5) This is basically a 32-bit process and running in an x64 environment takes a few extra steps.  The docs cover this, but referring back to item #2, for me I had to install Gallio and PartCover in a different directory (per the docs), outside of “c:\program files” which is the default.  At this point I decided to move everything into directory structure that looked like this:

D:\Build\Gallio; D:\Build\PartCover; D:\Build\Sonar; D:\Build\SonarRunnerHome;

I also needed to run corflags (inside a VS2010 command prompt) on Gallio.Echo, PartCover, and PartCover.Browser executables to force them to run as a 32-bit process, per the documentation.

I think that about covers the gotchas I ran into.  The last thing I still need to sort out is defining the “program directory” dynamically for the sonar runner.  Sonar runner always assumes you’re in the root of the source tree and wants to build a “.sonar” directory if one doesn’t already existing.   To get my local version running, I’ve hard-coded the source directory I was trying to profile for now.

Hope some of this helped.


Weekly Photo Challenge: Mountains

I think I have a few good mountain stories to show and tell here.  Hopefully, not enough to bore you.

Chimney Rock, NC

This is how you get to the top if you don’t use the elevator which we didn’t, but it’s nice there is one and has been since the family that created this attraction built it back in the 40’s.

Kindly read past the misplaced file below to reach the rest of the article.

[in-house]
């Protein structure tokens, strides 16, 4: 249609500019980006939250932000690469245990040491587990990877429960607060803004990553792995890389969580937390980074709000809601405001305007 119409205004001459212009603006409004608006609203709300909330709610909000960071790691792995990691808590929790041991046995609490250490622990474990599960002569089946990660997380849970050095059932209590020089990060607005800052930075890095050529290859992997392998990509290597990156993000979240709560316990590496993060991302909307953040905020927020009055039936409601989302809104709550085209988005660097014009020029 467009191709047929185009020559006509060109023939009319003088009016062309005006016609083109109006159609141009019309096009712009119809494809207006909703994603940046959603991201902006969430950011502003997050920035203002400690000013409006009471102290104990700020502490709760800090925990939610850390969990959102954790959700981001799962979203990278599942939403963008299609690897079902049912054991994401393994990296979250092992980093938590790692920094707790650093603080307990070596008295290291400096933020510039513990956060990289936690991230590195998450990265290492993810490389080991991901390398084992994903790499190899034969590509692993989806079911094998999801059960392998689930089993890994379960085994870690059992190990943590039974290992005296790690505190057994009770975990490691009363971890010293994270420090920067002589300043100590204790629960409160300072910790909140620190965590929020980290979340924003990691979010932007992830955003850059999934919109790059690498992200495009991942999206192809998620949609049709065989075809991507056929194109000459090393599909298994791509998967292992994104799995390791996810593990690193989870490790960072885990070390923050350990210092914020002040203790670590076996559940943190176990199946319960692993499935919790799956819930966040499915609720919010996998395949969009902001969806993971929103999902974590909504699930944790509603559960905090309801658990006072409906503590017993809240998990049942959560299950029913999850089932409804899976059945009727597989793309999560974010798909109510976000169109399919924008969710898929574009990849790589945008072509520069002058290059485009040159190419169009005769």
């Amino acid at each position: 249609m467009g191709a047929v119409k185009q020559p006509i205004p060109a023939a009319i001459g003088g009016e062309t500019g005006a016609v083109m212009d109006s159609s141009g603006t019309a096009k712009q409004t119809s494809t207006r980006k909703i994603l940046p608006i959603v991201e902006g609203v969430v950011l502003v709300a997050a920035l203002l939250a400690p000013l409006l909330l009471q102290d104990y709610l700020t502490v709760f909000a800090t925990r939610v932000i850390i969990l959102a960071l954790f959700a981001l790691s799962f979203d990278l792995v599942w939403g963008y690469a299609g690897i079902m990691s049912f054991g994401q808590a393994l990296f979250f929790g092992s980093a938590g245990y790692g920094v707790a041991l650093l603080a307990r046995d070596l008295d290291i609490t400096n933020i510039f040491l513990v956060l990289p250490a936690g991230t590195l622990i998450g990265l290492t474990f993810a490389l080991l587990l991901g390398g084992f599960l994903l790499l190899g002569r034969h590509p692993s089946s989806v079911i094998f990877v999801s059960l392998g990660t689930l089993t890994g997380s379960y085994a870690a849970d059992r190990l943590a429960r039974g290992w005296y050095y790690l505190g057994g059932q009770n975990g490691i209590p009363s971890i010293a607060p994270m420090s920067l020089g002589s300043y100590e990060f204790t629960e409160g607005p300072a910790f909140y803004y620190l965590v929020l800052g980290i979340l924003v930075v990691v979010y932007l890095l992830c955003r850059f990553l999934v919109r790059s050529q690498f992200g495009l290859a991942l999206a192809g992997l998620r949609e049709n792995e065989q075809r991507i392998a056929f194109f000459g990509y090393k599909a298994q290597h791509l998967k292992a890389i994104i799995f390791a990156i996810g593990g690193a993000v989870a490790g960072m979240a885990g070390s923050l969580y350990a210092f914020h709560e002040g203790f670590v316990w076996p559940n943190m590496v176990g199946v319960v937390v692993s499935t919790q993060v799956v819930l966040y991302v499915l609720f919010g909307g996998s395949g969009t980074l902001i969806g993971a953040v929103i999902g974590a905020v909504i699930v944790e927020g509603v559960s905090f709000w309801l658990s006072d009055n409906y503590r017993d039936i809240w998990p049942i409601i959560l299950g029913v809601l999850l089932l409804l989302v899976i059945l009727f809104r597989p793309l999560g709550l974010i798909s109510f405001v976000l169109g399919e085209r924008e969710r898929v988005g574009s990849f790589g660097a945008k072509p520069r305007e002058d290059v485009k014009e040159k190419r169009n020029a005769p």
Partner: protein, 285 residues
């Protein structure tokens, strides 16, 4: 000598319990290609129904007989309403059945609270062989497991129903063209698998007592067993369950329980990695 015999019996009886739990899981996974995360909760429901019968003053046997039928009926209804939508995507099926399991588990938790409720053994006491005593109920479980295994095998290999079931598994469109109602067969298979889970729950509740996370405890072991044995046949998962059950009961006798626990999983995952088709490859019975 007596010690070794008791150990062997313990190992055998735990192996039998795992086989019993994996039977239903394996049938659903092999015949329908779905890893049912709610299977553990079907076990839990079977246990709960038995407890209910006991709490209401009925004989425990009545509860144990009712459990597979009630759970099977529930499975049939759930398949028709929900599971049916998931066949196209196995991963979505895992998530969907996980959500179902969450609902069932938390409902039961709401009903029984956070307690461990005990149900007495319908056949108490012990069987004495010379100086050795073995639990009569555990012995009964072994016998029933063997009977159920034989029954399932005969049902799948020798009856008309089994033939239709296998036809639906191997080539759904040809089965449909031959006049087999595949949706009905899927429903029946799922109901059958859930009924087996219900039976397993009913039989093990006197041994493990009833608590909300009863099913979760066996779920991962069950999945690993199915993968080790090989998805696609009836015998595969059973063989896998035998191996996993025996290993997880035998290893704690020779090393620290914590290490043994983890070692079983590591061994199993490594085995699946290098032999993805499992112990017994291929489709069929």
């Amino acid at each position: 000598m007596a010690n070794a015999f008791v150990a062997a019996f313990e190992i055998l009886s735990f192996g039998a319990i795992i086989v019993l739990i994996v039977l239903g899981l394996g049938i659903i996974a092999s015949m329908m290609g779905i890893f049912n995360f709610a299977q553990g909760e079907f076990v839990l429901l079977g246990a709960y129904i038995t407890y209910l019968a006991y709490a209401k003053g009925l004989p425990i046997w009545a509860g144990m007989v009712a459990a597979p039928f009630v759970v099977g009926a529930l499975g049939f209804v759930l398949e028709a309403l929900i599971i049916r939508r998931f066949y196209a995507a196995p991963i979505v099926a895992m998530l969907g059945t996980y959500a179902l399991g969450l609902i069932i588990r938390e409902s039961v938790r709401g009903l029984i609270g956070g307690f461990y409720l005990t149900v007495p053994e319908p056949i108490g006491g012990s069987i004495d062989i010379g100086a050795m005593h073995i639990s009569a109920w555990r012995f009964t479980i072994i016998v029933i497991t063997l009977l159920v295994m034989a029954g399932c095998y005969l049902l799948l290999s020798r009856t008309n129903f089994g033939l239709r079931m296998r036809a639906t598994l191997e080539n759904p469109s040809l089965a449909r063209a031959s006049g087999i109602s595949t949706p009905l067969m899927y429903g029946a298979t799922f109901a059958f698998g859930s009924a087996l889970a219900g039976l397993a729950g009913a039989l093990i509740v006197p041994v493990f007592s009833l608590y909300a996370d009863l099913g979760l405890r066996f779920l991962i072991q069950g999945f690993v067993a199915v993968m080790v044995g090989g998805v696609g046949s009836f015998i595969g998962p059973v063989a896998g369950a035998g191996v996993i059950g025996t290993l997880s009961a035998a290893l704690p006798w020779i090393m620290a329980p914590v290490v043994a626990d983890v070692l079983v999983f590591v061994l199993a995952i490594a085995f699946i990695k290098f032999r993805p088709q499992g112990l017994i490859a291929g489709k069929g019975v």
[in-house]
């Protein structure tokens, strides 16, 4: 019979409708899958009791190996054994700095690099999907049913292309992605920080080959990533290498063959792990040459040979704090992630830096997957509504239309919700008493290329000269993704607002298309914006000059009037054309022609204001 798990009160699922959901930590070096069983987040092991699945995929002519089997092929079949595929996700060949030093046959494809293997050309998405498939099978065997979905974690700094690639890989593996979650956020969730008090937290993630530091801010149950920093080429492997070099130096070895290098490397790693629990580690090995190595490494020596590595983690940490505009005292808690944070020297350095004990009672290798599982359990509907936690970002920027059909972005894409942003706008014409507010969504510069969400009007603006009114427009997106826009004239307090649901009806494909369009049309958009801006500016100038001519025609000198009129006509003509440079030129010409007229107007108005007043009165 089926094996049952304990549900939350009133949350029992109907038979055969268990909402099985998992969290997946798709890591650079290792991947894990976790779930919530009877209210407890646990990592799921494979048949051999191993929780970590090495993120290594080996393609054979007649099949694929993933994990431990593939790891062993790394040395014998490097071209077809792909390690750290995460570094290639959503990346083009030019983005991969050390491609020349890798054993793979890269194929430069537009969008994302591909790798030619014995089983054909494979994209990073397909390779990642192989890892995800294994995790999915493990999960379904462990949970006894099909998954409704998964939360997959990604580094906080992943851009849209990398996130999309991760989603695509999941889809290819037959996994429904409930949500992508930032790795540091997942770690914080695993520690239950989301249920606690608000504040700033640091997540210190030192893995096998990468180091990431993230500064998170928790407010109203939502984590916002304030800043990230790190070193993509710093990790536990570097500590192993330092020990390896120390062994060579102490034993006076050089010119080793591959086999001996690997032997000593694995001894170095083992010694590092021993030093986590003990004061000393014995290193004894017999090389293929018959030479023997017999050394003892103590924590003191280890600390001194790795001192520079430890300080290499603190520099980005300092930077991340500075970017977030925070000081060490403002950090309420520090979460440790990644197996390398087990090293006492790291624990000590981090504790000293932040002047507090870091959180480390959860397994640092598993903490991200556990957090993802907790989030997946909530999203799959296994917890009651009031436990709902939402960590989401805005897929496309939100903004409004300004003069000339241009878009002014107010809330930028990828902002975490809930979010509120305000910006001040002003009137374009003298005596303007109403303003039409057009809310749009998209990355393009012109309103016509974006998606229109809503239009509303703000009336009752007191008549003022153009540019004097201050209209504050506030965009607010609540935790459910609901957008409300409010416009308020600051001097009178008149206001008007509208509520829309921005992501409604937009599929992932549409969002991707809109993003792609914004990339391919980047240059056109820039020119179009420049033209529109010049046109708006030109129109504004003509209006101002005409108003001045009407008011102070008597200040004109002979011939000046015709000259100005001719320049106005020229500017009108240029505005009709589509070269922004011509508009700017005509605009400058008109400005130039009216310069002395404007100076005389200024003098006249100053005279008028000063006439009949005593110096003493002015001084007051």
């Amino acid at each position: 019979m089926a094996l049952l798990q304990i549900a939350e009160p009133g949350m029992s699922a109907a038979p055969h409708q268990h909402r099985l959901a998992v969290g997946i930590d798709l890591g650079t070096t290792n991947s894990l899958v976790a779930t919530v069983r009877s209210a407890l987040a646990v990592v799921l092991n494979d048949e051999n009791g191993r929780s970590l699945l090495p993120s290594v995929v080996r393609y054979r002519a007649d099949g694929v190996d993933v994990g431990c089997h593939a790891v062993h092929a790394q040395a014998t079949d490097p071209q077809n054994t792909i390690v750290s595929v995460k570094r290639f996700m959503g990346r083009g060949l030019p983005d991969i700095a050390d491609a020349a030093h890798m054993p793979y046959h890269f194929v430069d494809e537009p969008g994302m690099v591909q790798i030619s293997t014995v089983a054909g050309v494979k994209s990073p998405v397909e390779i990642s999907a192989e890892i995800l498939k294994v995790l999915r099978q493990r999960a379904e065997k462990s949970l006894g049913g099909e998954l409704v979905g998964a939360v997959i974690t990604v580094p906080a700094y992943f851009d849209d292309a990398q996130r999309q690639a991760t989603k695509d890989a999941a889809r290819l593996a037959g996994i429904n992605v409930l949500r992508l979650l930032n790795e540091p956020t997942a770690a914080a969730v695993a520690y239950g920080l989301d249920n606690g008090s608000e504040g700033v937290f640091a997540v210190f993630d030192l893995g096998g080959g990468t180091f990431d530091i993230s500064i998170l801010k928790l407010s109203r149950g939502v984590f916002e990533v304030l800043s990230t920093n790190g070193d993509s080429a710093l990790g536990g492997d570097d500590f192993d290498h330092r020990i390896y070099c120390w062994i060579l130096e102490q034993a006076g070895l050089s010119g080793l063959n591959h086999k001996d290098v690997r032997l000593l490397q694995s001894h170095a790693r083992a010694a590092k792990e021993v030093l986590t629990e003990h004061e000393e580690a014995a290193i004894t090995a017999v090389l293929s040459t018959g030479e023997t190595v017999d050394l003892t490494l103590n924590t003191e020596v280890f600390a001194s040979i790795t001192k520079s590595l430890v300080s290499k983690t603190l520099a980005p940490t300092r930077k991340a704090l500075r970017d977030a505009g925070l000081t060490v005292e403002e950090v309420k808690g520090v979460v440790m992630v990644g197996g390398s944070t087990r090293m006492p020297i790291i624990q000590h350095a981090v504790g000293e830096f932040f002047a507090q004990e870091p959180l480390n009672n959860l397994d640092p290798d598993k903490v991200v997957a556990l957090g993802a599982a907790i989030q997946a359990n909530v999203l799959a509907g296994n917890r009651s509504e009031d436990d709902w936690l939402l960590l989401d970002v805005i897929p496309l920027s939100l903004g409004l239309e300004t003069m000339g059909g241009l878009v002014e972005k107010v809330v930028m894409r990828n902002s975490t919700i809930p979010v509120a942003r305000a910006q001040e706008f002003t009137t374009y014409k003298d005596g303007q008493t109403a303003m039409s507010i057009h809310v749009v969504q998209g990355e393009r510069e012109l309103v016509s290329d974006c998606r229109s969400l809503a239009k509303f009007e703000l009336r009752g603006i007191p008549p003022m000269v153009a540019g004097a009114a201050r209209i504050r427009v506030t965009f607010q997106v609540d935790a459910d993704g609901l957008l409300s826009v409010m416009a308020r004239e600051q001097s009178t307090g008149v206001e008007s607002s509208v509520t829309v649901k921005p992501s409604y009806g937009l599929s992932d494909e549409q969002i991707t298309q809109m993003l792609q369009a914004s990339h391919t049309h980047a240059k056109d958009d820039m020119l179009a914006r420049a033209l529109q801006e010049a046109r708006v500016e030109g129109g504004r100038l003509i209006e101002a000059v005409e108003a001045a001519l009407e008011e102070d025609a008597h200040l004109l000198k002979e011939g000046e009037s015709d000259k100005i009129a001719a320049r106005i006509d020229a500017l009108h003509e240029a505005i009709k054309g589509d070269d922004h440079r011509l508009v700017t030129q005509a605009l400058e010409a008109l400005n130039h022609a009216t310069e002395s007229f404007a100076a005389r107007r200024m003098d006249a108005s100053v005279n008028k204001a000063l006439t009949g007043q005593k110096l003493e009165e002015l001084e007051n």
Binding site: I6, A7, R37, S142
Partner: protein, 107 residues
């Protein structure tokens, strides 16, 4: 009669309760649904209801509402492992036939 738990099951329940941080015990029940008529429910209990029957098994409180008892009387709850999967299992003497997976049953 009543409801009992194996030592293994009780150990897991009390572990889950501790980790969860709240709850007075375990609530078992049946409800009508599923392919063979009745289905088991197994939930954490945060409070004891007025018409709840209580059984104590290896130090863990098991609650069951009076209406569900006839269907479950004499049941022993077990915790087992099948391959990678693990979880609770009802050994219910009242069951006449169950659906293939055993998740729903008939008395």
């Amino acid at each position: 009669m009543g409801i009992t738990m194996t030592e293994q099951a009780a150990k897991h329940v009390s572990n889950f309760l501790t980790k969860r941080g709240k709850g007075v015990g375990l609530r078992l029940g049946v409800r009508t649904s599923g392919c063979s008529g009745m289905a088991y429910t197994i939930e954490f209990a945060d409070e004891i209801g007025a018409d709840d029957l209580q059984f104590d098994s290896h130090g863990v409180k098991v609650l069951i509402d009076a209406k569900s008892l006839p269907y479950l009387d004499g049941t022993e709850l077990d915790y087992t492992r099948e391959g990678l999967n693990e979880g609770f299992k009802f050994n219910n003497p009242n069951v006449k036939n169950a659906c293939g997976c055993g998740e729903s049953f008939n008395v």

Stairs to the top of Chimney Rock

First Floor

Still on the First Floor

Still on the First Floor

Now onto the Second Floor 

A view of the first floor from the second floor.


Top Floor

A view from the top floor.  The one thing we noticed from the folks coming down the stairs is that none of them were dry.  This climb is/was very demanding.  Even the fit folks were soaked, but it was a lot of fun.  And I had the idea to take extra water to the top just in case – this turned out to be an awesome idea!

Top Floor

Top Floor

What you are when you reach the top of Chimney Mountain…

Now onto Grandfather Mountain

Grandfather Mountain - Elevation 5282

Grandfather Mountain

Grandfather Mountain

Grandfather Mountain